Sen. McConnell says he suggested the U.S. Senate vacancy changes to Ky. legislature
BOWLING GREEN, Ky. (WBKO) - Among the bills that the Kentucky legislature overrode Monday include Senate Bill 228 relating to the process of filling a U.S. Senate seat that might become vacant, a bill that has gained national attention.
Now with a Democratic governor in office, some have referred to the bill as the ‘Mitch McConnell-backed bill.’
“I’m not going anywhere, I just got elected to a six-year term,” expressed Senator McConnell (R-KY).
McConnell spoke with 13 News Tuesday about the bill and said he recommended that the state legislature take a look at changing the rules to align with other states.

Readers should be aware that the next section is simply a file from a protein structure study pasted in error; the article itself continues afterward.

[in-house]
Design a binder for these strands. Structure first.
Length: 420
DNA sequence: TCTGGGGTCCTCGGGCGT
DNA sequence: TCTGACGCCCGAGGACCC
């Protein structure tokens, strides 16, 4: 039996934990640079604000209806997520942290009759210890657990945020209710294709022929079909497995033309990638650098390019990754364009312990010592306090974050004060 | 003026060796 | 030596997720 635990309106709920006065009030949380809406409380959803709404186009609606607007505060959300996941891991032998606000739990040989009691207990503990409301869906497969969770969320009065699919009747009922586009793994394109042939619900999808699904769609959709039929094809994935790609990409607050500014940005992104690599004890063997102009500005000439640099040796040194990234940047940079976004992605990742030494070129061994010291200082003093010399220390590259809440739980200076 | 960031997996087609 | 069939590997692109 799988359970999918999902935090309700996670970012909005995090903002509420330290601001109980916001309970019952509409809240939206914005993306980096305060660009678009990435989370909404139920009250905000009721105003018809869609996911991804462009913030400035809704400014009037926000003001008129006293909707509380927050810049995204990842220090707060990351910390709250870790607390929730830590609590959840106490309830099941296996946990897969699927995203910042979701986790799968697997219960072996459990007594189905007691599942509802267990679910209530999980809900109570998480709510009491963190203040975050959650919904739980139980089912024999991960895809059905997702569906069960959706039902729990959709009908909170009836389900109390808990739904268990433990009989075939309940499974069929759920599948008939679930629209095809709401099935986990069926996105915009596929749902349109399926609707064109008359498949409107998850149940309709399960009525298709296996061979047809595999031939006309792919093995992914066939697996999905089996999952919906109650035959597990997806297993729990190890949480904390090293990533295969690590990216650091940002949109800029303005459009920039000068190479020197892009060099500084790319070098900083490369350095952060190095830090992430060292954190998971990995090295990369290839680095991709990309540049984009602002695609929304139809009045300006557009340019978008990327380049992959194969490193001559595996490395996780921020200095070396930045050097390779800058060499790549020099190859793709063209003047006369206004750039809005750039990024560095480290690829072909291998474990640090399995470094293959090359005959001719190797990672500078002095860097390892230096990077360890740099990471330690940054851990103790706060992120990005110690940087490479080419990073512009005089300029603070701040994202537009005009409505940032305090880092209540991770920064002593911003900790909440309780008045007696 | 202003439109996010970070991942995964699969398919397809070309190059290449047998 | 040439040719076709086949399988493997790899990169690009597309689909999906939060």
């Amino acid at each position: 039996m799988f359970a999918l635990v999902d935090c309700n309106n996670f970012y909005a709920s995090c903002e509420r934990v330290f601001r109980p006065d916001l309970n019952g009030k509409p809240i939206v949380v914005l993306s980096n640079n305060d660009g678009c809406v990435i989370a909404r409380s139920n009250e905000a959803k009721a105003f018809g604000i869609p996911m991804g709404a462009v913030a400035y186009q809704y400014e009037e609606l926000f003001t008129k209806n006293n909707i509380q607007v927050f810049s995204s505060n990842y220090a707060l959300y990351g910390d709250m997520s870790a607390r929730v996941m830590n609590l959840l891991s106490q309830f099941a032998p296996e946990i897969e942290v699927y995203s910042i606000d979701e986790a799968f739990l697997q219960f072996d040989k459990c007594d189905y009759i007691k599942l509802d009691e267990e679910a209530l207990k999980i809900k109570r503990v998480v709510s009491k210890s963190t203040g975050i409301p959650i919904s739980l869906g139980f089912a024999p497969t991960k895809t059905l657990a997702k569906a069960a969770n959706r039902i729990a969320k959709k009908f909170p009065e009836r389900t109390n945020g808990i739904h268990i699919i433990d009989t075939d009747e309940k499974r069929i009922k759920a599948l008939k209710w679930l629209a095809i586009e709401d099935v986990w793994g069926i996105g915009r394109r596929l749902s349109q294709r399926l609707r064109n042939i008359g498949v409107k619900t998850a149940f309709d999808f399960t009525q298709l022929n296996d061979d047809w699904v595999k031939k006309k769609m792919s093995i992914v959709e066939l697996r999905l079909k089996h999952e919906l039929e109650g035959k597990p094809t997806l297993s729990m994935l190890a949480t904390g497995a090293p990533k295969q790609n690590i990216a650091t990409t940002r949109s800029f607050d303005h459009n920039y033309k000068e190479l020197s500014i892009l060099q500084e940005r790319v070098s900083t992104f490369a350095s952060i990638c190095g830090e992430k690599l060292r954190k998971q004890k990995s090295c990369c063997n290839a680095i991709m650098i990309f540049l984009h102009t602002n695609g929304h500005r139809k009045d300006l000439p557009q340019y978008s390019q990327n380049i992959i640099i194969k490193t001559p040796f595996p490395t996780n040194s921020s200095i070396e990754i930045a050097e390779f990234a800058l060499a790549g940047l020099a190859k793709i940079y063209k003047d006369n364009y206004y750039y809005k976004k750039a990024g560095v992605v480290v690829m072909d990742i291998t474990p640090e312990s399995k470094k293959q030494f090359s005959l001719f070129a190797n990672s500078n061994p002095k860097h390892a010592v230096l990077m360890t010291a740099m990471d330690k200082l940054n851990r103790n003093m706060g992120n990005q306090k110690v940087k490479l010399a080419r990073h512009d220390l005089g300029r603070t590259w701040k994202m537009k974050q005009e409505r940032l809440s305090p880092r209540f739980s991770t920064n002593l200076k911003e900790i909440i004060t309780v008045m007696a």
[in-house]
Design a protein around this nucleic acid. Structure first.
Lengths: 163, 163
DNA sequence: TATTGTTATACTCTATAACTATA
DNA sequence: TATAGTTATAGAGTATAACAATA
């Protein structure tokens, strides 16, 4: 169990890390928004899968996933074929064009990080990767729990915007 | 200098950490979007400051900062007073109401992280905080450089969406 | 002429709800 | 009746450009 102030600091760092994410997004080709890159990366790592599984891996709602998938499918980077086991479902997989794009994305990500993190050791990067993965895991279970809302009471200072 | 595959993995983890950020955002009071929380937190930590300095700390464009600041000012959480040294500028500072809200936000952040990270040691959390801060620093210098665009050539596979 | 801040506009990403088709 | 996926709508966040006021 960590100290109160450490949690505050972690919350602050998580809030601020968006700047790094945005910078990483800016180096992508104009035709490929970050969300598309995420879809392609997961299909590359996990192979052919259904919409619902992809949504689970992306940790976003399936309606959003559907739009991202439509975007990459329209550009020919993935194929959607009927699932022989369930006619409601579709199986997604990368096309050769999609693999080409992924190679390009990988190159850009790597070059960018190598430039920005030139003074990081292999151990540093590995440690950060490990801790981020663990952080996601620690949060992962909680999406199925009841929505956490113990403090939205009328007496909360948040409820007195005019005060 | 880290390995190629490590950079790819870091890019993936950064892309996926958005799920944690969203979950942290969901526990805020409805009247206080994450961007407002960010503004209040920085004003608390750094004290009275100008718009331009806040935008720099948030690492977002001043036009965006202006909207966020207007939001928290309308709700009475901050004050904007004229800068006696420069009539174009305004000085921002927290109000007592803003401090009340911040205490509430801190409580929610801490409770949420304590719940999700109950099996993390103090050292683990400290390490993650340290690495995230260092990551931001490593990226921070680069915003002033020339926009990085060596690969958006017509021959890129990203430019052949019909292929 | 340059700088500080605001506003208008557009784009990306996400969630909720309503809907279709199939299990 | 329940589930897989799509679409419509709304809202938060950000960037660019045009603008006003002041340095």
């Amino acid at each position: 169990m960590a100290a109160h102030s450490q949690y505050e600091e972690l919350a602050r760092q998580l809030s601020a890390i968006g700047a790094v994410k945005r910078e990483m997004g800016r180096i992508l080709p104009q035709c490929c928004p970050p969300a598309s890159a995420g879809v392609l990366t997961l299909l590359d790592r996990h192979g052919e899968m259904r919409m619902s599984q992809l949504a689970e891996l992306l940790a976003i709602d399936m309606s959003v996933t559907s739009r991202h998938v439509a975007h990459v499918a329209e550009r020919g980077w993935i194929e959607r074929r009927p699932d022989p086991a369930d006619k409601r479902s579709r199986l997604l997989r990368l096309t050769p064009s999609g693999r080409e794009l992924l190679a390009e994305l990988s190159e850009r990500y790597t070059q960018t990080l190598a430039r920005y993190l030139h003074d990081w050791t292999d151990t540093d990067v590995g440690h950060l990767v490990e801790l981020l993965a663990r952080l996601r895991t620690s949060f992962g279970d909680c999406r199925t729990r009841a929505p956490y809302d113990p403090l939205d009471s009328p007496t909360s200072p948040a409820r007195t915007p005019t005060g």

“I have watched over my years in the Senate the way different states fill vacancies when they occur. And I thought the way we did it gave the governor whoever that may be, whether it’s a Democrat or Republican, too much power to put an interim appointment in there for the longest period of time,” said McConnell.
Senate Bill 228 states the new senator would be selected from a list of three individuals of the same political party as the senator who held the vacant seat.
“And then very quickly, it sets up an election so that people can choose who they want. I think it’s the best way to fill a vacancy if it occurs,” said McConnell.
Governor Beshear has called the bill ‘unconstitutional,’ so there is a chance he could take this override of his veto to court.
McConnell, 79, has held his Senate seat since 1985, winning his seventh term in November.
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